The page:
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mine? We shall live together in one house, and look at one another all day long ! Wilt thou consent ?”
Cicely looked and lisped an affirmative: Willie was delighted.
“When," cried he, “ when shall we be wedded ? Speak, O my charmer.”
“Not,” replied Cicely, “ until Mistress Kate's marriage release me from the duty of attending her."
“Thou and Kate then,” said Willie,"ye pair of charmers, shall be wedded on the self-same day ; I will persuade Sir Edward to marry Mistress Kate immediately!" Willie then grew very red at the thought of what he was about to perform; he looked at his plighted lady, and, in a low, insinuating voice,
“A kiss, Cicely," whispered he.
Cicely stood perfectly quiet, ready to receive the favour ; but Willie had expected her to be more forward. He looked at her as she stood demurely by his side, felt a cold qualm at his heart; mastered his fears at one gulp, and, throwing his arms around his charmer's neck, was imprinting an energetic kiss upon her lips, when,
“Make way, ye fat pair of turtle doves!” said the voice of Andrew Westrill, who stood, with Sir Richard Ellerton, waiting to pass out.
Willie and Cicely stood abashed, one on each side of the passage. Andrew smiled as he passed ; Sir Richard appeared not to observe their presence.
Meanwhile Mat Maybird had paced up and down without the house, wondering at Edward's delay. He feared that some untoward circumstance must have occurred to foil his plans, and was about to enter, for the purpose of ascertaining what had happened, when Andrew Westrill and Sir Richard passing out of the house, verified his suspicions. He had not seen them enter—they must have found their way into Andrew's cottage from the garden behind; Mat walked on, as if he were accidentally passing, and met the two conspirators.
“ Well met, Sir Richard !” said he ; “ I have to demand increased pay now that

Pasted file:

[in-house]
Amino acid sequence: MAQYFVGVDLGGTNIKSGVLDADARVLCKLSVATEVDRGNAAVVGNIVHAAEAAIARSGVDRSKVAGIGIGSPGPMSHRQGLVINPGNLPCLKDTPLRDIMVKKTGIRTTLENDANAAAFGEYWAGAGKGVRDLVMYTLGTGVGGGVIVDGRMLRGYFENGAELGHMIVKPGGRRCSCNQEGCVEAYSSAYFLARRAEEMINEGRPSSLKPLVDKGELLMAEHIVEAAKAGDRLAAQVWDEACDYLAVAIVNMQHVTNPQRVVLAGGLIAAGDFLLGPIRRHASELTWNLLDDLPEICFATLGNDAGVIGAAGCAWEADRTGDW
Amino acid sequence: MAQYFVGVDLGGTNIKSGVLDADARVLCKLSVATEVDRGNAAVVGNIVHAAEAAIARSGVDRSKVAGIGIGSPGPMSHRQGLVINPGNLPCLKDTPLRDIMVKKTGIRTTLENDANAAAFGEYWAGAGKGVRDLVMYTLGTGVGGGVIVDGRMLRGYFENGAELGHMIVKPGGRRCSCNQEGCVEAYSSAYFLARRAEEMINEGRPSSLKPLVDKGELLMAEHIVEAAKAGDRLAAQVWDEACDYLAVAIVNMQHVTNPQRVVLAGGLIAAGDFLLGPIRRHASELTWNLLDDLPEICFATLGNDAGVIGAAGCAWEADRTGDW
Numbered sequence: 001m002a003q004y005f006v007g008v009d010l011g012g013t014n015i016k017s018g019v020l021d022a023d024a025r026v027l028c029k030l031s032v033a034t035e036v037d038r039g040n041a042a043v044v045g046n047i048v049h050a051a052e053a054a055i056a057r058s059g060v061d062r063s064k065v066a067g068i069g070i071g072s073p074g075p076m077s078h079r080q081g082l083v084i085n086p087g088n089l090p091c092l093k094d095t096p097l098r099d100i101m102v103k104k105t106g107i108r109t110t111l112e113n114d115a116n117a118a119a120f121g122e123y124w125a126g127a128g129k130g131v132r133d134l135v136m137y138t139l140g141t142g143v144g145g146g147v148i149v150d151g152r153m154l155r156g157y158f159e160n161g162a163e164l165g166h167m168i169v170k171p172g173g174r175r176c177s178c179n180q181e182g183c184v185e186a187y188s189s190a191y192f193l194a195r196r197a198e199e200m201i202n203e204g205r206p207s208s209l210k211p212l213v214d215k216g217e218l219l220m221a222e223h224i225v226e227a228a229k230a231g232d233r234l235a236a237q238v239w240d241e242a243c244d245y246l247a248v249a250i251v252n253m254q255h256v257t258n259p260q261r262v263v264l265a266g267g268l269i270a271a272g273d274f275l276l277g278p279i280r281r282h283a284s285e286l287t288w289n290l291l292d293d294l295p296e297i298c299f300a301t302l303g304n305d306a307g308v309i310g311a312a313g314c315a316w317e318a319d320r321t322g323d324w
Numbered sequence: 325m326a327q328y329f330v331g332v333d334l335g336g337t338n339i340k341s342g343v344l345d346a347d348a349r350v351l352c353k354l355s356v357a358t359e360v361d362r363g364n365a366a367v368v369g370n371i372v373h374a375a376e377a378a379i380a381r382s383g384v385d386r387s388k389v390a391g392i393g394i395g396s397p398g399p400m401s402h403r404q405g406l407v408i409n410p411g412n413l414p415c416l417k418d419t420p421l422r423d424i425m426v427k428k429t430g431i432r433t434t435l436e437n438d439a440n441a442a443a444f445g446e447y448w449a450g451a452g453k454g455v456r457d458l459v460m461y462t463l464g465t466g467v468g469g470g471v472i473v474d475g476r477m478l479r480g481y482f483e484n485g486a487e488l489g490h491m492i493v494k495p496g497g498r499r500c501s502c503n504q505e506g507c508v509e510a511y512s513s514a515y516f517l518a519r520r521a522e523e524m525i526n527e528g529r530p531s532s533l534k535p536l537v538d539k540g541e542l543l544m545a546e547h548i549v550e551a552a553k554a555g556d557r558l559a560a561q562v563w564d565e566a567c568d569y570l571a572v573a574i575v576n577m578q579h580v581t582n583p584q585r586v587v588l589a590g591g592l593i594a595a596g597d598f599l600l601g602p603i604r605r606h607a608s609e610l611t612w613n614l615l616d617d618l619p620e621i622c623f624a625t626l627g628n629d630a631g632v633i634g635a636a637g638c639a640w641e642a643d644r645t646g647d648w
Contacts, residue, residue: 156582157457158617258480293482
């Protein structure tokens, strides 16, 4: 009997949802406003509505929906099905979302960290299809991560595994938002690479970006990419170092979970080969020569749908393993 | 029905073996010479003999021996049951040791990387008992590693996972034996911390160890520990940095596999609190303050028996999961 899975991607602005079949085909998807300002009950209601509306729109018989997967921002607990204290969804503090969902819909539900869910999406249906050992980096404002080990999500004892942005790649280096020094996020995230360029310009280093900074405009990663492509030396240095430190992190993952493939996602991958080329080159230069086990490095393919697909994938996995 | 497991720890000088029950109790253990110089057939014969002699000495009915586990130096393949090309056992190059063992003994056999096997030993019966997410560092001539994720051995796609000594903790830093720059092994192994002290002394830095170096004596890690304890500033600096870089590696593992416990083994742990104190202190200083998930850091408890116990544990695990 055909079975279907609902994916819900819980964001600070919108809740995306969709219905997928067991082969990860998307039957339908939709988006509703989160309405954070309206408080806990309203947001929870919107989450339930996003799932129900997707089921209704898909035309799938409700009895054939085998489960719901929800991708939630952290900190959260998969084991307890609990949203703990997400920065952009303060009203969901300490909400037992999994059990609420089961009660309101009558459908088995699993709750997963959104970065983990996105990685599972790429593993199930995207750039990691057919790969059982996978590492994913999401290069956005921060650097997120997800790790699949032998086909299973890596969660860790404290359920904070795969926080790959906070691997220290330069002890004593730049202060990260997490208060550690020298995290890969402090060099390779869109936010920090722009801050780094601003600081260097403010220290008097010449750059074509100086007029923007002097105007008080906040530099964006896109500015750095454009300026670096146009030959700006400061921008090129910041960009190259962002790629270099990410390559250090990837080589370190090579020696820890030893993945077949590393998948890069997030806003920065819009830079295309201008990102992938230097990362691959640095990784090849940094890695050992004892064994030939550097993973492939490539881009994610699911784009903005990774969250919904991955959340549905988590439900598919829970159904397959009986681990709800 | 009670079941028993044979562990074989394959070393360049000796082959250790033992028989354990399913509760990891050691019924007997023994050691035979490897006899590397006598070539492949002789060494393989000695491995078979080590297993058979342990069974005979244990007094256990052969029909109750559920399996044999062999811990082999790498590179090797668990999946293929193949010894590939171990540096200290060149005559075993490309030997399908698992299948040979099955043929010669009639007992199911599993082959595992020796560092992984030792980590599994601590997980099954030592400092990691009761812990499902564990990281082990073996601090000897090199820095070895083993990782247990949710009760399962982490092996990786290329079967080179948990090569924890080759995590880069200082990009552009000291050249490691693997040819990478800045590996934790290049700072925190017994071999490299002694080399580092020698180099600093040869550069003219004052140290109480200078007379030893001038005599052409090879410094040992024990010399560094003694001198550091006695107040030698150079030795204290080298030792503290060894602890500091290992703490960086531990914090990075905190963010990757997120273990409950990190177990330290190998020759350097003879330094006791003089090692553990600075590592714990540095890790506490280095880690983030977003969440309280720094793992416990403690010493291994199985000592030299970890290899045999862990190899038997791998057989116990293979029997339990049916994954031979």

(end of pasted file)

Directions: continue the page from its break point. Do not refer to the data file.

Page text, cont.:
services have increased in value." “The man is taken,” replied the other, “he is doomed.-Put Bruton in my power, and I will reward thee well !"
“I saw Heringford in the village," said Mat, "not half an hour since."
“ He is safely now locked up," replied Andrew, “ with Curts as
a guard; we shall not take his life until we have formed our plan of doing so securely. Curts is known in London ; but thou might'st with ease impose upon Bruton--we need some spy upon him : wilt enter his service, and Sir Richard will pay thee good wages?"
“Why am I to be Bruton's servant ?" asked Mat.
“To insinuate thyself into his confidence,” replied Sir Richard Ellerton; "to make thyself seem his dearest friend, whilst thou informest us of all his words and actions, and givest us notice of the first fair opportunity of effecting his destruction."
“That is rather dirty work!" remarked Mat Maybird.
“ Here is that,” said Sir Richard, putting gold into Mat's hand; “ bere is that which may hide the stain, though it cannot wipe it off. There is more. Thou shalt be well paid for thy trouble.”
Sir Richard and Andrew Westrill walked on; Mat remained looking at the gold, as it lay on his extended palm.
“ Money, forsooth !” said he; "gold too! An honourable hire ! It almost burns my hand !"
Taking up one of the coins, he threw it away: "there—that is expended! Heaven help the man that picks it up.” A bird flew rapidly above him; he aimed a coin at it and missed. “ Lucky bird !” said he,“ lucky bird ! the touch of this gold would have murdered thee, hadst thou not escaped it; it was directed first against a nobler game; but, whilst I live, it shall not hit the mark!” Scattering the remaining pieces in all directions: “ Away !" cried he, “ attendant imps of a human devil, ye lead me not astray !" Having thus, in a satisfactory manner, disposed of his wages, Mat Maybird, with a light step and very light heart, walked to the cottage of Father Francis. “ Do not fear,” said he, when he found the old man ;